Tuesday, May 21, 2013



Iago's capacity for cruelty seems limitless, and no motivation for his actions seems enough to explain the incredible destruction he wreaks on the lives of the people he knows best. Is Iago pure evil? 


The Evil Iago of Shakespeare's Othello

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The Most Evil Iago of Othello


"How shall I murder him, Iago?"   This one line, spoken by Othello, in Shakespeare's play of the same name speaks volumes of the evil and deceitful nature of the character being spoken to, Iago. The ability to turn a noble, self controlled, respected man such as Othello into a raving, murderous lunatic can only be had by an evil man such as Iago. Iago is conniving, vengeful, vain, ruinous, dishonest, egotistical and paranoid. This makes him one of the most evil men in all of literature.


The first of many examples of Iago's villainy occurs in scene one of act one. His vain ego has been hurt. Othello has chosen a "bookish theoric" to be his lieutenant instead of Iago. Iago has this to say of Othello's choice:


Forsooth, a great arithmetician,

One Michael Cassio, a Florentine,

A fellow almost dammed in a fair wife,

That never set a squadron in the field

Nor the division of a battle knows

More than a spinster--unless the bookish theoric,

Wherein the togaed consuls can propose

As masterly as he. Mere prattle without practice

Is all his soldiership. But he, sir, had th' election;

And I, of whom his eyes had seen the proof

At Rhodes, at Cyprus, and on other grounds

Christianed and heathen, must be beleed and calmed

By debitor and creditor. This countercaster,

He, in good time, must his lieutenant be,

And I--God bless the mark!--his Moorship's ancient.


This position is one Iago expected, not only because of his seniority in battle, but also because of his seniority with Othello himself.


Iago clearly shows his vengefulness when he tells Roderigo: “Call up her father.Rouse him, make after him, poison his delight...”   His intent is to sow the seeds of dissent between Othello and Brabantio, believing it will ultimately get him his revenge. The idea of ruining Othello is beginning to consume Iago.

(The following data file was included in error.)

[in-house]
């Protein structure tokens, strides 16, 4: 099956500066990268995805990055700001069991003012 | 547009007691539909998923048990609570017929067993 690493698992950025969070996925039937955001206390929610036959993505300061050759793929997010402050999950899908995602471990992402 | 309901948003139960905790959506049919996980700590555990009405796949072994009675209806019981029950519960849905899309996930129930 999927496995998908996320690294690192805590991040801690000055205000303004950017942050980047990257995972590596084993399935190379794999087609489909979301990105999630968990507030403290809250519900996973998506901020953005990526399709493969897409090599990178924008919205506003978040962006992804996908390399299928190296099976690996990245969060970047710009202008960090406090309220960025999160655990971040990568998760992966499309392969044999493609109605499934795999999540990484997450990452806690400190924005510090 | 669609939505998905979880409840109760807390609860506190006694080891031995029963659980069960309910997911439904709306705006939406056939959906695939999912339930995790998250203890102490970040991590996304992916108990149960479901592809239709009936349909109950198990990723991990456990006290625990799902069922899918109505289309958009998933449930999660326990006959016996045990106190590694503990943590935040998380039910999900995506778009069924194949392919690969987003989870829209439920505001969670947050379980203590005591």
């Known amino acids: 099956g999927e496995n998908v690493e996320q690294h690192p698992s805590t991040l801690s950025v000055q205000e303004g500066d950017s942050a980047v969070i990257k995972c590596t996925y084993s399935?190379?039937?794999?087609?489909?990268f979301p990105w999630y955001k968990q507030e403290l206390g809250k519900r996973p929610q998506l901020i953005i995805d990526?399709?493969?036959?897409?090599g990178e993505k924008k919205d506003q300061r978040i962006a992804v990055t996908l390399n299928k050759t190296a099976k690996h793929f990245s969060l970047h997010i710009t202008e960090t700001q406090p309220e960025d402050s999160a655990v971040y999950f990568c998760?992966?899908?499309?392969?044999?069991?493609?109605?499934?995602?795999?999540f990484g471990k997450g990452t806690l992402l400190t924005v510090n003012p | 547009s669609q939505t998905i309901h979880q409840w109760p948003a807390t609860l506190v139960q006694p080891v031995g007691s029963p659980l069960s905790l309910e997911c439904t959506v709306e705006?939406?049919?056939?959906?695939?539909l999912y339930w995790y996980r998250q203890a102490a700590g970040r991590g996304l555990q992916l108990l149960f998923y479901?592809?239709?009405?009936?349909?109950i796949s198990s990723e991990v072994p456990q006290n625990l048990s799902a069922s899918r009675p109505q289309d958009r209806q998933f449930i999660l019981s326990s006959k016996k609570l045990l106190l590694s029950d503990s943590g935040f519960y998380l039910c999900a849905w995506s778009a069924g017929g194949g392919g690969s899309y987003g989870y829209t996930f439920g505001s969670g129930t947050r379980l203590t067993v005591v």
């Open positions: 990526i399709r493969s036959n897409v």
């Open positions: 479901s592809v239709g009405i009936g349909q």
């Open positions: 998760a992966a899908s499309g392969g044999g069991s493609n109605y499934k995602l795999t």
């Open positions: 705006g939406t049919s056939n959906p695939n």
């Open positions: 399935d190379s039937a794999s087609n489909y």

Still another example of evil shown by Iago is when in an attempt to incense hatred between Roderigo and Cassio he tells Roderigo that Desdemona is in love with Cassio. The reasons for this lie are twofold. Firstly, to anger Roderigo to the point of murder and lastly to begin the process of Othello's discrediting of Cassio and distrusting of Desdemona. Iago cites the example of the "paddling" of the palms and states this paddling is the prologue to the "history of lust and foul thoughts". In discrediting Cassio, Iago achieves a small piece of his "peculiar end", that is his being placed in the position of lieutenant and the setting into motion of the distrust of Desdemona, and the subsequent ruining of the life of Othello. With this plan in play, another piece of Iago's puzzle falls into place.

Iago shows himself to be a madman, driven by the psychosis of revenge, in this soliloquy taken from act two scene one:


That Cassio loves her, I do well believe 't;

That she loves him, 'tis apt and of great credit.

The Moor, howbeit that I endure him not,

Is of a constraint, loving, noble nature,

And I dare think he'll prove to Desdemona

A most dear husband. Now, I do love her too,

Not out of absolute lust--though peradventure

I stand accountant for as great a sin--

But partly led to diet my revenge

For that I do suspect the lusty Moor

Hath leaped into my seat, the thought whereof

Doth like a poisonous mineral, gnaw my innards;

And nothing can or shall content my soul

Till I am evened with him, wife for wife,